Class_content__13.1_Explain_the_Pricing_of_Long-Term_Liabilities_-_Principles_of_Accounting__Volume_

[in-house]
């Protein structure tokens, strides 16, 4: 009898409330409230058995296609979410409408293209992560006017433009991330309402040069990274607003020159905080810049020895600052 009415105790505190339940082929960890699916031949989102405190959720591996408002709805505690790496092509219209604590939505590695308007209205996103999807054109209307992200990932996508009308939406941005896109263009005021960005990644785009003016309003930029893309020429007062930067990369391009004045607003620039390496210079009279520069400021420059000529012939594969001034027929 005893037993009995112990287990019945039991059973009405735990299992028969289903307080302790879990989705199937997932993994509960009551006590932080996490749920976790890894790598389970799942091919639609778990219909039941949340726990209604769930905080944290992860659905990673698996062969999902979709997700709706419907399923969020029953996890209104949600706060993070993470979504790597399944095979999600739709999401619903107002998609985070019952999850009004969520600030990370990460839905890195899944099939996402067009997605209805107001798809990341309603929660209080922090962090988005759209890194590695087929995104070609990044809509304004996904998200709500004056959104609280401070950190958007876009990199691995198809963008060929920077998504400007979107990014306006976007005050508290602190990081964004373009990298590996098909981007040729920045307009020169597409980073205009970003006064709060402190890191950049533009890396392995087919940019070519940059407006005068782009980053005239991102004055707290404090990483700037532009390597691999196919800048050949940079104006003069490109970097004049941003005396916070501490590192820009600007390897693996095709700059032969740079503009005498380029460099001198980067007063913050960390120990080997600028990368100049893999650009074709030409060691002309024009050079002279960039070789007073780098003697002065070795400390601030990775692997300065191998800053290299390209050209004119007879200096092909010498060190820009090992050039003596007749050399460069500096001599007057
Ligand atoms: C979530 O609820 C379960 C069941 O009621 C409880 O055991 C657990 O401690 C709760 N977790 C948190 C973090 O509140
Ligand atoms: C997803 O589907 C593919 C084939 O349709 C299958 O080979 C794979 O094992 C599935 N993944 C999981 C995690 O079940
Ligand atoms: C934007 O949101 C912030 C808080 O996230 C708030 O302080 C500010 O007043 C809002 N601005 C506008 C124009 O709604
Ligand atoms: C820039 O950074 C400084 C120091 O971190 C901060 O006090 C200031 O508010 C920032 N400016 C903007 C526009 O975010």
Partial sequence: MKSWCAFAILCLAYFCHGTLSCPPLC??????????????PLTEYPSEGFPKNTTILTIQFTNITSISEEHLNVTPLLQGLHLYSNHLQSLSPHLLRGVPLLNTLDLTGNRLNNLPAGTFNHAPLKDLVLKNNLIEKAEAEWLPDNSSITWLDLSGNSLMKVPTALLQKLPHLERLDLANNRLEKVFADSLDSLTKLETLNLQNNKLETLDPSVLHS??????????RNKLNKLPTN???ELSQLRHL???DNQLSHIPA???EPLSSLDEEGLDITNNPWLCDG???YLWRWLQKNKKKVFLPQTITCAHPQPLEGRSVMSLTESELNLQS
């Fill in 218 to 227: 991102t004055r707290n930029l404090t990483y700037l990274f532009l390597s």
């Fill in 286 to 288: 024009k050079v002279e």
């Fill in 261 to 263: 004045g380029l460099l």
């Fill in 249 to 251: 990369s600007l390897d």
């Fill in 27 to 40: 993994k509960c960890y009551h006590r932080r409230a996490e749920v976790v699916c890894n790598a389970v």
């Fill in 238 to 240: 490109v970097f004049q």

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2/10/22, 10:02 PM13.1 Explain the Pricing of Long-Term Liabilities - Principles of Accounting, Volume 1: Financial Accounting | OpenStax1/15Businesses have several ways to secure financing and, in practice, will use a combination ofthese methods to finance the business. As you’ve learned, net income does not necessarilymean cash. In some cases, in the long-run, profitable operations will provide businesses withsufficient cash to finance current operations and to invest in new opportunities. However,situations might arise where the cash flow generated is insufficient to cover future anticipatedexpenses or expansion, and the company might need to secure additional funding.If the extra amount needed is somewhat temporary or small, a short-term source, such as aloan, might be appropriate. Short-term (current) liabilities were covered inCurrent Liabilities.When additional long-term funding needs arise, a business can choose to sell stock in thecompany (equity-based financing) or obtain along-term liability(debt-based financing), suchas a loan that is spread over a period longer than a year.Types of Long-Term FundingIf a company needs additional funding for a major expenditure, such as expansion, the sourceof funding would typically be repaid over several years, or in the case of equity-basedfinancing, over an indefinite period of time. With equity-based financing, the company sells aninterest in the company’s ownership by issuing shares of the company’s common stock. Thisfinancing option is equity financing, and it will be addressed in detail inCorporationAccounting. Here, we will focus on two major long-term debt-based options: long-term loansand bonds.Debt as an option for financing is an important source of funding for businesses. If a companychooses a debt-based option, the business can borrow money on an intermediate (typicallytwo to four years) or long-term (longer than four years) basis from lenders. In the case ofbonds, the funds would be provided by investors. While loans and bonds are similar in thatthey borrow money on which the borrower will pay interest and eventually repay the lenders,they have some important differences. First, a company can raise funds by borrowing from anindividual, bank, or other lender, while a bond is typically sold to numerous investors. When acompany chooses a loan, the business signs what is known as a note, and a legal relationshipcalled anote payableis created between the borrower and the lender. The document lists theconditions of the financial arrangement, a fixed predetermined interest rate (or, if theagreement allows, a variable interest rate), the amount borrowed, the borrowing costs to becharged, and the timing of the payments. In some cases, companies will secure aninterest-only loan, which means that for the life of the loan the organization pays only the interestexpense that has accrued and upon maturity repays the original amount that it borrowed andstill owes. For individuals a student loan, car loan, or a mortgage can all be types of notespayable. For Olivia’s car purchase inWhy It Matters, a document such as apromissory noteis typically created, representing a personal loan agreement between a lender and borrower.

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